The Las Vegas Raiders come off one of the most peculiar seasons in recent history. Their head coach was forced into a second retirement, they cut two first-round picks, lost five of six games at one point, and still made the playoffs in the AFC. But now they have expectations.
The organization has new leadership in the front office. Dave Ziegler took over as general manager, while Josh McDaniels took the head coaching role. McDaniels also reeled in a big fish by hiring Patrick Graham as the team’s defensive coordinator.
So there goes Gus Bradley’s “bend but don’t break but in reality, almost always break” Cover 3 defense. While the AFC West looks like a metaphorical warzone in 2022 with an astronomical influx of talent infused into the division from the NFC, this Raiders team has already proved how scrappy it is.
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Las Vegas made the playoffs against all odds in 2021. During the offseason, they gambled away two first-round picks to acquire Davante Adams. Ziegler also bartered with Chris Ballard and the Colts, swapping Rock Ya-Sin for Yannick Ngakoue. Then he went all-in on the pass rush with the acquisition of Chandler Jones.
Las Vegas is a city of sensory overload. The oxygen pumps life into casino-goers, keeping them awake and at the tables for far longer than they planned. One won’t find a clock when they peek around the Venetian Poker Room.
Can the Raiders make all their new toys into one cohesive unit, keep the attention on them for the entire 17-game schedule, and surprise once again with an unlikely playoff birth?
What will Josh McDaniels’ offense look like?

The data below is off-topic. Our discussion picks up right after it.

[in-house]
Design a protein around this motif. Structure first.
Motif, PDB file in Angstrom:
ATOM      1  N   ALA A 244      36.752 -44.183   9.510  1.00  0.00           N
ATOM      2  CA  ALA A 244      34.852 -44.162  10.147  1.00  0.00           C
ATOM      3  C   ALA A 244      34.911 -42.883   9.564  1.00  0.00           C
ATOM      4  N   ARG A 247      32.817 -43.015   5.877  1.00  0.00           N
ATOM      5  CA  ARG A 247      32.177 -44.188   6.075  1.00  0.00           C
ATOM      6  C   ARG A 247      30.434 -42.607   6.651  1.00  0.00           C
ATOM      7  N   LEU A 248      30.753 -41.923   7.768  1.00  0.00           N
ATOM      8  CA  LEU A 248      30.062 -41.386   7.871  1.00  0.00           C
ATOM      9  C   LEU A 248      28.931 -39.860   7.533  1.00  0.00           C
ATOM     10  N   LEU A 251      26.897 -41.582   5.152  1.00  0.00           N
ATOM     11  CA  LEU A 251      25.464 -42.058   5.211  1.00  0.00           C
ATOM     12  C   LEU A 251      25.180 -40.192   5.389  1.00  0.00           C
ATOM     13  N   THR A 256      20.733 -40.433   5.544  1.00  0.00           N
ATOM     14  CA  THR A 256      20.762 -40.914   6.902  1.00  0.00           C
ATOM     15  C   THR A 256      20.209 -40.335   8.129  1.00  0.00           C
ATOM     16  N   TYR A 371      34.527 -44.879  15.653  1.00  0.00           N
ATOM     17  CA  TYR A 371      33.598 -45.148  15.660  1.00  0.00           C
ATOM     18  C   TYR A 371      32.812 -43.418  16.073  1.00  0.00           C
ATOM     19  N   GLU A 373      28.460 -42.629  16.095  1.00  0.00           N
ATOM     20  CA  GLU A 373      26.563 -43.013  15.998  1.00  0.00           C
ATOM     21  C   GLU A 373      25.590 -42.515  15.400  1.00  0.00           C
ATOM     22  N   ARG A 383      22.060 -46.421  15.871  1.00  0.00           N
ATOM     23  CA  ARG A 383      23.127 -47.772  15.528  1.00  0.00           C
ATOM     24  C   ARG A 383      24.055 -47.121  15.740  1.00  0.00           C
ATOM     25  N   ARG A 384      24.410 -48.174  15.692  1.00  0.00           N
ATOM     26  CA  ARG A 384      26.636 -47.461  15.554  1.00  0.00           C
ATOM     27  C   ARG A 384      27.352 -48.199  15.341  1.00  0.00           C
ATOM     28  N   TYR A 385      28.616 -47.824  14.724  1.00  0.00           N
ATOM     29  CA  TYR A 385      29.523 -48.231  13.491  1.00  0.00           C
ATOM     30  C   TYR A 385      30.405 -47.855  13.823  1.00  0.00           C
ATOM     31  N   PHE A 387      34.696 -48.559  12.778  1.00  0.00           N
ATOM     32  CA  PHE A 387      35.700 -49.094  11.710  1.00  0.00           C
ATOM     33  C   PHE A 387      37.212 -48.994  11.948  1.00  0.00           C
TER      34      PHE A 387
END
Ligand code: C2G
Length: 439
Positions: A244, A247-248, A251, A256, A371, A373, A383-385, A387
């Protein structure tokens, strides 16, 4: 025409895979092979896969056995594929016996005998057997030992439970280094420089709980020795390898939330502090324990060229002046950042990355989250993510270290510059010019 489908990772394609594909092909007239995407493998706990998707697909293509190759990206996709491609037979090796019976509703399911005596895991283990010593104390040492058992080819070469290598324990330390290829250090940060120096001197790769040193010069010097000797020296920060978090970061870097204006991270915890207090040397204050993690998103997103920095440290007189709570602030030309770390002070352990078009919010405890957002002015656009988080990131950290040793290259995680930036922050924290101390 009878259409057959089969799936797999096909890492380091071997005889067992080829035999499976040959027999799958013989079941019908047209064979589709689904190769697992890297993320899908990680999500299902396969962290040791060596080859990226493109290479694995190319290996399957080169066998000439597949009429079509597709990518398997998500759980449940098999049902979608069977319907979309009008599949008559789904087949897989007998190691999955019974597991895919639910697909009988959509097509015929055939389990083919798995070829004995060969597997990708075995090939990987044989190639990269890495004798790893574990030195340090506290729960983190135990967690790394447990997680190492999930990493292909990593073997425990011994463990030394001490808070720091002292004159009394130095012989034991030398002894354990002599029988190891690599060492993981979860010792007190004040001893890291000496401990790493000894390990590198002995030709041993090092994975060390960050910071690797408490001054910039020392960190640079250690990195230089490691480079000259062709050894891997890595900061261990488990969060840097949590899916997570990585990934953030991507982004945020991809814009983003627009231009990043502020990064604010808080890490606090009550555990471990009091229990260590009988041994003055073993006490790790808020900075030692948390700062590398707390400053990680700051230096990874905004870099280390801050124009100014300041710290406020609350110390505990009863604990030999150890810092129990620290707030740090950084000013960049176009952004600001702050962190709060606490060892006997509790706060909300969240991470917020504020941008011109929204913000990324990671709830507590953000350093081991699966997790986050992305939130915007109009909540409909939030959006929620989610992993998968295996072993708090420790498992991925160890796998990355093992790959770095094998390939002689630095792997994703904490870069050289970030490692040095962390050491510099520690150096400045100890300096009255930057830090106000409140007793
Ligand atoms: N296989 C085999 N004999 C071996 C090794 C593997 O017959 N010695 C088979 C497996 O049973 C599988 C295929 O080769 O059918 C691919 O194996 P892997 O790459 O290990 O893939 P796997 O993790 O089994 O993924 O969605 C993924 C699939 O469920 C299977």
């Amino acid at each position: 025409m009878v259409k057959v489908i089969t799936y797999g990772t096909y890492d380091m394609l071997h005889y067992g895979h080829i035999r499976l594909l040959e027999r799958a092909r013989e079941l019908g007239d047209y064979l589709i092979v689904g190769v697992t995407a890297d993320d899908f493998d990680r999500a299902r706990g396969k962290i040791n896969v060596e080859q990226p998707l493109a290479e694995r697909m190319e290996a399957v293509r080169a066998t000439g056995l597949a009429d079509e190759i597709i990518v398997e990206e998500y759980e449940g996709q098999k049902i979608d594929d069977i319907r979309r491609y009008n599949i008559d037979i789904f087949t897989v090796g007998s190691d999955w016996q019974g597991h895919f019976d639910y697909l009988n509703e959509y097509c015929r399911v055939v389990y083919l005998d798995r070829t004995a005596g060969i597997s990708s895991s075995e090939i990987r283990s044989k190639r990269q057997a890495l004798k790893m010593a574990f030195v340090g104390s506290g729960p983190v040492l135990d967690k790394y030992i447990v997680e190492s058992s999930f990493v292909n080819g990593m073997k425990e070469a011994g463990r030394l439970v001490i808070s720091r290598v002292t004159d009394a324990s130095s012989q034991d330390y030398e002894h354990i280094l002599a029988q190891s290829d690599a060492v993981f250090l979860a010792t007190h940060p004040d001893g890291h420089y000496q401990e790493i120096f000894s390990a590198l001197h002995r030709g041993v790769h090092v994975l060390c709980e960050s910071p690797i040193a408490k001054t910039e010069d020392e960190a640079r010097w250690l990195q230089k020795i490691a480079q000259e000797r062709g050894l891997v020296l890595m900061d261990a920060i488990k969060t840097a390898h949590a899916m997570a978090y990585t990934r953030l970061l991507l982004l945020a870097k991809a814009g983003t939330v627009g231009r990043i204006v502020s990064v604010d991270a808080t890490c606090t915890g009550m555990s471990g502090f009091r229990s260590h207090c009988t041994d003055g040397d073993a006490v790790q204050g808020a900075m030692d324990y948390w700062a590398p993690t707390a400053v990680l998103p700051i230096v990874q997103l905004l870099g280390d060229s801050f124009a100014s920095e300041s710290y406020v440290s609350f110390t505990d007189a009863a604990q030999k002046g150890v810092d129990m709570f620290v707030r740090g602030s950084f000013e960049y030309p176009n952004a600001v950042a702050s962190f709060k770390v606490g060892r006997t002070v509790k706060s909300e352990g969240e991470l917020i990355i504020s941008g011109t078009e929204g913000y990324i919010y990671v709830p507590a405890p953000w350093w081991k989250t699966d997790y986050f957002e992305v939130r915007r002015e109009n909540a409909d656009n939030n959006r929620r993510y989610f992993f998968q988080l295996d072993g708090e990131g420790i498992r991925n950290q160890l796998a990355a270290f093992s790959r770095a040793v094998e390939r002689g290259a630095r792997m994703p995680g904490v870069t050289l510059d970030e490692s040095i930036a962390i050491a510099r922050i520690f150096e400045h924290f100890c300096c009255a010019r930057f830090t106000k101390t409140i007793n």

One thing is for sure; Derek Carr will be getting the ball out of his hands quicker on average than he was with the previous regime. The New England Patriots teams McDaniels has coached over the years always boasted some pretty good talent on the offensive line.
Still, McDaniels’ quarterbacks always got the ball out quickly on average. Tom Brady did it within the confines of the offense and because he had seen and done it all. Despite getting the ball further downfield on average than in New England, Brady continues to use a football as a laser-guided hot potato.
Still, Mac Jones got the ball out quicker than Carr on average last season, despite having a far better offensive line. Jones isn’t the playmaker at the position (yet) that Carr is, but the main difference is in the implementation and execution of pass-catching backs. If Kenyan Drake can remain relatively healthy, he should get significant usage as a pass catcher.
But McDaniels thrives at conjuring up easily manufactured completions that allow playmakers to thrive. He’s also proven to be kind to tight ends. With Darren Waller, the Raiders have one of the few genuinely unfair players at that position in the league. And we’ve all heard the endless “slot receiver” jokes coming out of New England forever. Hunter Renfrow is one of the best in the game as a true slot target.
Patrick Graham must get the most out of the Raiders’ defense
Las Vegas ranked fifth in explosive pass rate on defense last season. They ranked 23rd in drive success rate and dropback success rate. The Raiders also ranked 26th in dropback EPA and defensive points per drive, while also finishing dead last in the NFL with just six interceptions.
That will change. Las Vegas may give up more big plays, but they’ll be far more aggressive, both in coverage and on the front line. Graham’s New York Giants blitzed twice as often (25%) as Bradley’s Raiders did (12.1%) last season.